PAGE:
I contacted Hannah and Mandy for several days thereafter, obsessively offering to bring by anything that May might need for whatever reason, and assessed my finances in detail to make sure it was possible to do so. I hadn't even thought about adopting her outright until I sat down and talked to Mandy about what I wanted out of this, which was to be a provider who was present in her life regularly, for as long as I possibly could be. Out of all of my options, adopting her as my own fit with what I wanted long term for her. I filled out the paperwork, submitted them for approval, and started altering my life and daily routine to accommodate the time I'd need to bond with May.
(May last year, courtesy of Equine Partners)
It's a very fortunate circumstance when it comes to her overall adoption. I have no intention of removing her from her daily life at the farm, or to segway away from her becoming a registered therapy horse when she gets older. So, her life will only be changed by my incessant visitations, grooming, training, and any additional love that I can give her, and her care is at such a low cost that it doesn't affect my lifestyle at all. I won't have to worry about where to keep her, or if she'll be treated well, and I don't have to separate her from her surrogate family of horses and humans. All in all, it really is a win-win situation.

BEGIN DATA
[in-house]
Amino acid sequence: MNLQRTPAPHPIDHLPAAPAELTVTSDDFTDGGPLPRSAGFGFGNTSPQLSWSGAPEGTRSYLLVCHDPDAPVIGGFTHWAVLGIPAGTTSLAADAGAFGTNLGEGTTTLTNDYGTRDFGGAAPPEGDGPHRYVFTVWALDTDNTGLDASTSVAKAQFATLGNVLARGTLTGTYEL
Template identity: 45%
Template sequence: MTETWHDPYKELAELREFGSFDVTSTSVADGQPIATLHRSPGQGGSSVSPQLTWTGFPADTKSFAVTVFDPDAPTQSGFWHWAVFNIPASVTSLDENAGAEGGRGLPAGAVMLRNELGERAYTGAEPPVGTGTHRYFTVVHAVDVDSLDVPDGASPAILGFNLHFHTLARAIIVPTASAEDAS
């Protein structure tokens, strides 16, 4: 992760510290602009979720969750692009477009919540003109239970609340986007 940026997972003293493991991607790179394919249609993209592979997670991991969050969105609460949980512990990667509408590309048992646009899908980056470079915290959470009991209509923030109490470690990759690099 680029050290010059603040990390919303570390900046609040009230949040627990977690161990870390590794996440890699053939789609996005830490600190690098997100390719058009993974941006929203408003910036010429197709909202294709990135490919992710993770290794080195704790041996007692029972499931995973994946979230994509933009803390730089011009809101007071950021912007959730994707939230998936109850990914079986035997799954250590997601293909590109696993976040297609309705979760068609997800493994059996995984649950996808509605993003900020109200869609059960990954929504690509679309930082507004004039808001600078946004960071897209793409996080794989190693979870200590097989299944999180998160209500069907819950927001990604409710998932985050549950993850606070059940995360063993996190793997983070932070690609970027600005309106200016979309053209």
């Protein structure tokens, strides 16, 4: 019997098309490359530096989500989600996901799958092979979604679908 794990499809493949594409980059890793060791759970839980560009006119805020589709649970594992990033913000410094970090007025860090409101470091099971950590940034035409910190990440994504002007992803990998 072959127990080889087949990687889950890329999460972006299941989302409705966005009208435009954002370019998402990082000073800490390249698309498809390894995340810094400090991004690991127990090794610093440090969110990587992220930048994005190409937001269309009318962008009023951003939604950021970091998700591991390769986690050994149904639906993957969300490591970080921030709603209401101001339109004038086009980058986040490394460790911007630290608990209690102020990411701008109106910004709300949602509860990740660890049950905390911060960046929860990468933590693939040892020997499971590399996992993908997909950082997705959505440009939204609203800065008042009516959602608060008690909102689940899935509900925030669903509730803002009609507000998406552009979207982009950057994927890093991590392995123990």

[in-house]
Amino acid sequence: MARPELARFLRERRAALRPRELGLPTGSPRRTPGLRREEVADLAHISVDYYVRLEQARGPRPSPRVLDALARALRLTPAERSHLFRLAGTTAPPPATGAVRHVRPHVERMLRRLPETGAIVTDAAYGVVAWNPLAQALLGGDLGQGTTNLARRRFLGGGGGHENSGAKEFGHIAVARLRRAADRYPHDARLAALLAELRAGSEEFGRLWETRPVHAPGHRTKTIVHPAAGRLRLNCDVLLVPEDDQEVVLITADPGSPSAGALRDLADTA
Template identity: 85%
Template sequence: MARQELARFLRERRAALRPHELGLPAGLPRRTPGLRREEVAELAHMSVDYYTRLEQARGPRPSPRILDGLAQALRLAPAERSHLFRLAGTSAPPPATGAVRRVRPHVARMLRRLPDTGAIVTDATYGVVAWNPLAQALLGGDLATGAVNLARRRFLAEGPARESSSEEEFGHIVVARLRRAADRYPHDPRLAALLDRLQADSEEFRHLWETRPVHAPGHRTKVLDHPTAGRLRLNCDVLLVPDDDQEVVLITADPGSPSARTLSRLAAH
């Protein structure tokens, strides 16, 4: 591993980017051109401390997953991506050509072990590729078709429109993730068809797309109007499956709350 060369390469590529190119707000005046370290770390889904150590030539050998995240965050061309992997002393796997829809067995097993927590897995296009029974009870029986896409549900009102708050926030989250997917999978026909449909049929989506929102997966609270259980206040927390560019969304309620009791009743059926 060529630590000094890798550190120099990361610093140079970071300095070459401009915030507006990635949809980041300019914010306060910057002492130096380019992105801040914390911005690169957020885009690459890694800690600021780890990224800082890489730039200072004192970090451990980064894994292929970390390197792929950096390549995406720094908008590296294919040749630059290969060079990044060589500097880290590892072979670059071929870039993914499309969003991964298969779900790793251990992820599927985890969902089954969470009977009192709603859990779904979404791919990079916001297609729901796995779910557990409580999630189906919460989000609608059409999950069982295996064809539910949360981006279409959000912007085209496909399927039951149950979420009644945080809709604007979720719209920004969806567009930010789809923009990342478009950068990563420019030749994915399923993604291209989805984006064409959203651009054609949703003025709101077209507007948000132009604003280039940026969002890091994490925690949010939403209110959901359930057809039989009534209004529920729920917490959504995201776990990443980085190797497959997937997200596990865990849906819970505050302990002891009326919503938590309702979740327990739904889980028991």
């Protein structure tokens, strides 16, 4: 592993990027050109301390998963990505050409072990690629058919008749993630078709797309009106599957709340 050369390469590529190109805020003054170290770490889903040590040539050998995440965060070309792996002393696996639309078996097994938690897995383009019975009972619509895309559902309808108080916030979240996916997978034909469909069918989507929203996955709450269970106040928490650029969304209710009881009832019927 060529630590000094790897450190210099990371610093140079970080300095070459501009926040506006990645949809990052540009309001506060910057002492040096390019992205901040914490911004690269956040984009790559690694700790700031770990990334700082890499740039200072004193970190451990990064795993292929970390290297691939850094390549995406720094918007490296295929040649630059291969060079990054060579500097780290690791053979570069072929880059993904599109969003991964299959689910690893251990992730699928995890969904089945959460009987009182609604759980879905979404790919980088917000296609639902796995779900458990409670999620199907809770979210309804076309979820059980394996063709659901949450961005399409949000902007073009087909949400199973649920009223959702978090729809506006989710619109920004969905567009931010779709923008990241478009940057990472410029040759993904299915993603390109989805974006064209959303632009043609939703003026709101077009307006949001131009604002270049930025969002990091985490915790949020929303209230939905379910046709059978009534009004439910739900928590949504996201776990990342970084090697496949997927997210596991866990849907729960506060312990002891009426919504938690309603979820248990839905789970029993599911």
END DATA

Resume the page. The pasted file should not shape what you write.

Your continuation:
I have accepted the fact that May will be in my life for the next 20-30 years, and that she is a lifetime commitment. The more and more I've thought about it, the more and more I get excited, and the more I feel content about my decision. From her 'terrible twos' phase, to her being trained to ride, to her as a very old lady- it feels like an incredible journey that I just don't want to miss.
For more information on Equine Partners Unlimited, and to get involved in their program, please visit their website here, and like them on Facebook! For information on Nurse-Mare Farms, you can visit these informative sites here, and here.